Which country offers the best views of Victoria Falls?
I spent that day visiting the park that surrounds the falls; they were beautiful but it was difficult to get a good view from the Zambian side. It’s kind of like visiting Niagara Falls, to see the best views you have to go to the Canadian side . . . same with the Victoria Falls; you need to go to the Zimbabwean side.
It is possible to cross the border for a day to see the Victoria Falls from both sides, but you will have to pay for an entry visa, something in the region of $50.
Mixed Feelings about the best time to visit Victoria Falls
In truth, I was a little disappointed as I was there in the dry season so the falls weren’t in full flow, but I did find out you can’t visit the Devil’s Pool when it is, as it’s too dangerous, so I got over my disappointment pretty quickly.
If you just want to see the falls, you’d have to go at the end of the wet season to see it in all its glory. But, if you want to visit Devil’s Pool? Then you may have to think a bit harder. Rainy season is from November to April. I was visiting at the end of October, possibly the driest possible time!
While wandering around the park surrounding the falls there are plenty of nods to David Livingstone, considered the first European to see the falls and naming them after his Queen at the time, Queen Victoria.
Victoria Falls original name
What’s nice is that more and more the original name of the Victoria Falls, Mosi-oa-Tunya—”The Smoke That Thunders”— is coming back into use.
Heading to Devil’s Pool
It was an early start to get to Devil’s Pool; I had met another guy at the hostel who was going to take the jump with me. We agreed that should the worst happen to one of us, we would deliver a message to our families personally that he died in a stupid way but it was worth it.
Get a bus with the locals
To save money we got the local mini bus to the falls, which is always an adventure. There often isn’t a time it leaves. They wait until the bus is full, let a few more people on, chuck in a few chickens for fun and then go.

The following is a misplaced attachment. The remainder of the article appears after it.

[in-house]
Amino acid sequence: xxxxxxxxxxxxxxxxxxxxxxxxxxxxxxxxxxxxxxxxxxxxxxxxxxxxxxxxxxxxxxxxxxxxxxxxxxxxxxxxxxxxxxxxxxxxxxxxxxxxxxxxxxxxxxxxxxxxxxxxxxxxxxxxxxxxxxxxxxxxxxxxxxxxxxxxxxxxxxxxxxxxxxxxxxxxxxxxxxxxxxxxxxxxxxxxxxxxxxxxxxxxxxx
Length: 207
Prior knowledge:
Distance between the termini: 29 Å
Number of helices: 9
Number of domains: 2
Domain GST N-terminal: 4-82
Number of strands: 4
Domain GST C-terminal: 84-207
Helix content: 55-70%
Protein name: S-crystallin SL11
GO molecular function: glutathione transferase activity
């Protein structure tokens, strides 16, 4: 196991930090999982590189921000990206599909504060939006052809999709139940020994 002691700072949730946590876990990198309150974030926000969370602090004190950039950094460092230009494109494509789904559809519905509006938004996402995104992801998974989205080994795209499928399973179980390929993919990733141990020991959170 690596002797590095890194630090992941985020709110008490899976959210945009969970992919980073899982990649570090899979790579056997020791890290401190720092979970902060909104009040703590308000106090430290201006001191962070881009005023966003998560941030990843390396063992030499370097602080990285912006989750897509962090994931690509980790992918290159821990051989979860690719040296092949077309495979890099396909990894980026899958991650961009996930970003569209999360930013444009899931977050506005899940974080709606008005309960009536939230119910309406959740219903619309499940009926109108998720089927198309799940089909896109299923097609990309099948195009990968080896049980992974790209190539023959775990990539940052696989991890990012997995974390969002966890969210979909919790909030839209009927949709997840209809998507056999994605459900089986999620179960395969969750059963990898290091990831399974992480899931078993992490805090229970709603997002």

By this point, I was very used to this method of transport and how it all works. I think the reason African people are so chatty is they pack everyone on so tightly, it feels more uncomfortable if you don’t spark up a conversation.
I got chatting to a chap in a Denver Bronco’s shirt. Turns out he runs one of the local stalls selling tourist souvenirs at the entrance to the Victoria Falls.
When we arrived we had a quick look at Bronco’s man’s stall out of courtesy and then met up with our Devil’s Pool group; there were six of us.
The meeting point is at the main entrance and after a worryingly brief safety chat, we were on our way.
How hard is it to hike to Devil’s Pool?
The hike over to the falls was pretty epic. It starts on the normal paths but then you veer off toward the river.
Lots of other tourists who were on day trips were watching our little posse inquisitively as we approached the river. This turned quickly into a mixture of concern and confusion, their faces saying ‘can they do that? They’ll surely die’.
The hike starts off with a bit of rock hopping. Fortunately, the African sun had ensured they were dry and grippy as about seven metres to our left was a fall to certain oblivion. But it wasn’t long before we reached our first tricky bit.
There is a local power station which syphons off a lot of the water from this area of the river; however, when we were passing our guide explained that they were cleaning the turbine so there was more water than usual.
The result? We had to cross about a 30m section of concrete, about the width of a balance beam, with a couple of inches of water rushing over our ankles.
The guide told us to all hold hands and inch across. He said it was for safety, but I’m not sure if it was more a case of if one goes, they all go, leave no witnesses to his crazy sense of a safe crossing point.